March 1, 2013, my eighth child was born a month early. He was so tiny and weak he could barely open his eyes. He was sent to the NICU. Seven days later we were told that he has Down syndrome and I couldn’t imagine then what that would mean to me today. Today, at fours year old, Boruch Schneur continues to change our life for the better and I finally get it. I understand the mantra, philosophy and foundational message I’ve been taught my whole life. I am finally able to internalize what the Lubavitcher Rebbe spent a lifetime teaching, imploring and role modeling. The Rebbe’s life was embodied by Ahavas Yisrael, pure selfless love of each individual. In the words of Rabbi Jonathan Sacks: “The Rebbe said to himself: if the Nazis searched out every Jew in hate, we will search out every Jew in love.”
In the early 1990s, an elderly woman passed by the Rebbe to receive a dollar, which he handed out each Sunday to thousands of men, women and children, whom he requested of to give the money to someone in need, thus passing forward the Mitzvah, good deed. She asked him how he, then in his eighties could stand for hours at a time greeting so many people. He looked at her with a smile and said, ‘When you count diamonds, you don’t get tired.’ The Rebbe looked at a human being and saw a soul. He saw astounding potential and capacity for great accomplishment. He saw in each individual our oneness, that which unites us, while at the same time he constantly encouraged personal growth, hard work and limitless success.
One of the basic principles of Chassidic philosophy is that each person is made up of a body and a soul and that our souls are what define us, unite us and bring out our best selves, through the strength and capacity of the physical body and mind. That we must treat others as we want to be treated and embrace human differences without judgement. For 37 years I heard this message, I saw how it was modeled by the Rebbe; his warmth, unconditional love and attention to each individual, regardless of who they were.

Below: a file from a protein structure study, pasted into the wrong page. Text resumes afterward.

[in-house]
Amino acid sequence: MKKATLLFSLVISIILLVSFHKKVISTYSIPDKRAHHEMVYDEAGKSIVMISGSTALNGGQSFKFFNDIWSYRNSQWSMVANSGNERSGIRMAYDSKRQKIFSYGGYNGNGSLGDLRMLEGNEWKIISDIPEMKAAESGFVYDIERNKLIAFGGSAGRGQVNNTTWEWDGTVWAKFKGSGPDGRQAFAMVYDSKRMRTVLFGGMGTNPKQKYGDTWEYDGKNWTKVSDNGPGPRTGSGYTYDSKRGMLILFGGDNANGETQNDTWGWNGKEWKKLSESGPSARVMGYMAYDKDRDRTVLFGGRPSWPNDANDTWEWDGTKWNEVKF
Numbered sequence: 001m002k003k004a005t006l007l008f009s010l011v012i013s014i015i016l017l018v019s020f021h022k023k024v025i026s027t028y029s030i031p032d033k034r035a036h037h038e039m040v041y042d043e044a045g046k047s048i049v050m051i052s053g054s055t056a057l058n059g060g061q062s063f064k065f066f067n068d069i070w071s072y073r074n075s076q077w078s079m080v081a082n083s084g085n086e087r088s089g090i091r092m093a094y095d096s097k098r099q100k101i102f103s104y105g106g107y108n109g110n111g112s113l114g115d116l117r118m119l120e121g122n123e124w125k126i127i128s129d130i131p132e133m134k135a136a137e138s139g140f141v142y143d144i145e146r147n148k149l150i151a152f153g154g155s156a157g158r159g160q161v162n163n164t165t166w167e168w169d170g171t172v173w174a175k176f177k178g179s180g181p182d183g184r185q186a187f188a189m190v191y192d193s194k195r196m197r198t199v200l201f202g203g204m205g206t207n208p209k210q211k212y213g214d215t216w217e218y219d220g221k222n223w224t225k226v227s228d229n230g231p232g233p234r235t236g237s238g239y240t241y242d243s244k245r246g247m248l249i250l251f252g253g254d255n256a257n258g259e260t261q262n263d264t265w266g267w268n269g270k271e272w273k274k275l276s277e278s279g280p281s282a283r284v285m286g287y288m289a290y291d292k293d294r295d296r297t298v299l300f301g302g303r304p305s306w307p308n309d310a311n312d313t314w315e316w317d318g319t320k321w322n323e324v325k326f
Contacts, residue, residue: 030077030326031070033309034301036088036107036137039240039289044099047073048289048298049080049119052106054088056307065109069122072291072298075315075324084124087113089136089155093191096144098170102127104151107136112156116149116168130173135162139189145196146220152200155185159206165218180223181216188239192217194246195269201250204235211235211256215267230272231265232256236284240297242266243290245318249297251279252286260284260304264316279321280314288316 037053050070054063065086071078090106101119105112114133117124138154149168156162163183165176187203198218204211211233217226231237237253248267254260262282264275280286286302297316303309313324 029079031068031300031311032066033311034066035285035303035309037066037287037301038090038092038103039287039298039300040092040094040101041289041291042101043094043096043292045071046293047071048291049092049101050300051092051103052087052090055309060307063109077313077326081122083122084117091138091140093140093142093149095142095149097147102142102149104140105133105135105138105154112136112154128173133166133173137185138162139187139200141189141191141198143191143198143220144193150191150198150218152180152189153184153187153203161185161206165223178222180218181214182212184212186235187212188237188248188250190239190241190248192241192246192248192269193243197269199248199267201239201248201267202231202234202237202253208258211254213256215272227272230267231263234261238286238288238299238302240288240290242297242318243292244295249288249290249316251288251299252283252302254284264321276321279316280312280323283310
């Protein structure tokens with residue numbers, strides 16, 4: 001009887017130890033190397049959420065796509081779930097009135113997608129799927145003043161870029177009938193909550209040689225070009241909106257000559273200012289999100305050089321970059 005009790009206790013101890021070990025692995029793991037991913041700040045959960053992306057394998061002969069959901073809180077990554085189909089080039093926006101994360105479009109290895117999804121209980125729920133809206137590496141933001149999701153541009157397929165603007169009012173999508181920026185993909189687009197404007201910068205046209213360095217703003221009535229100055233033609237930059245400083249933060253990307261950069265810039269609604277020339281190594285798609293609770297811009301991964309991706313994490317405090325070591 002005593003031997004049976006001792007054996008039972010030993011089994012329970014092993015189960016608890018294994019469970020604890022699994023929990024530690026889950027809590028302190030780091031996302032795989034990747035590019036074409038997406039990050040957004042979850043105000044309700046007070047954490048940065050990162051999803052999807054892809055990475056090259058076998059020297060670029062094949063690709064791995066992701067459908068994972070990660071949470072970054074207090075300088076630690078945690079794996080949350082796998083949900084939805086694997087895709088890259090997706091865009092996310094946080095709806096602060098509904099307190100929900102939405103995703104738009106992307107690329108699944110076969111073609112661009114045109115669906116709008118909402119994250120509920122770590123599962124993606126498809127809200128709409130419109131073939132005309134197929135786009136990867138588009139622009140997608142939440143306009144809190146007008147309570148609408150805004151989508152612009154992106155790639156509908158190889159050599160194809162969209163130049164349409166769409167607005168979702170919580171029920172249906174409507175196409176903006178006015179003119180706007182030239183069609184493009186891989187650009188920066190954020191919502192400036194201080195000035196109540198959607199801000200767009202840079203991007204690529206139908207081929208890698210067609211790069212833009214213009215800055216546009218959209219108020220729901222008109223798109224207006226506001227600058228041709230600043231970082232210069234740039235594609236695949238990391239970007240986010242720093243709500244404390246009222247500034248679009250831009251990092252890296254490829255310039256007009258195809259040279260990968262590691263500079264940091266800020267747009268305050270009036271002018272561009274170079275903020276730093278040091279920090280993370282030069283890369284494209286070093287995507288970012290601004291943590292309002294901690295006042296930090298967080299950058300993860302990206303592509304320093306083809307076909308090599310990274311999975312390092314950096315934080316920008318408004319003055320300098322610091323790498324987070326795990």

Yet, the world around me radiated the opposite. Intolerance. Judgement. Hate. The source of every war and fight both in the macrocosm of the universe and in microcosm of the individual. How could I as an individual help overshadow the harshness of the world and make idealism a reality? Boruch Schneur helped me realize the profundity and the wisdom of what the Rebbe constantly taught us and how his mission in life could become a guiding light for simple me. It was like I lived in a dark room my whole life and the light was finally turned on. Watching my son, living with him each day makes me see people differently, the way they’re meant to be seen. Perfect on the inside, despite what the human eye may see. For even angels are jealous of people – the flawless faultless angels – want to be us. Flawed, imperfect, struggling, yet with a perfect soul, we are the envy of angels. And as long as we are moving, alive, doing our best, being the best, we can affect change, inspire others, and be a reflection on the outside of the perfection on the inside.
Humans are like diamonds and no two diamonds are the same, yet they each sparkle. Our individuality, unique strength and gifts is what makes each one exceptional, yet our core, the essence of each one of us is identical. And no one is complete unless everyone is included. When I watch my son smile, play, and laugh and work disproportionately harder at simple activities than most kids his age and yet the sparkle and mischief in his eyes never fades, I see a soul and I hear the message. Each person is meant to look different, act different and accomplish different things, perhaps not what’s expected by society or by the norm, but what’s anticipated by G-d. Our only identical mold is the soul, which burns within each one of us, inspires us, encourages us and helps us make the world a better place.
The Rebbe taught us all to be lamplighters, to ignite the fire in those we meet. To love unconditionally, to help another wholeheartedly, to be sensitive to each other. And to be kind, not only in deed, but to take pleasure in doing a kindness and perhaps to ultimately not even see it as a kind gesture, but as a human responsibility we have towards each other. It’s incumbent on each person to take this message to heart. It says in the Talmud that each person is supposed to tell themselves every day, ‘the world was created just for me.’ We must internalize this deep within ourselves, to know who we are, how we can be the best ‘me’ and be a lamplighter to inspire others so that their soul radiates light and warmth. The only solution to darkness is light, even a little light, but fire spreads and warms hearts and minds. And tolerance, good deeds and unconditional love spreads that light near and far.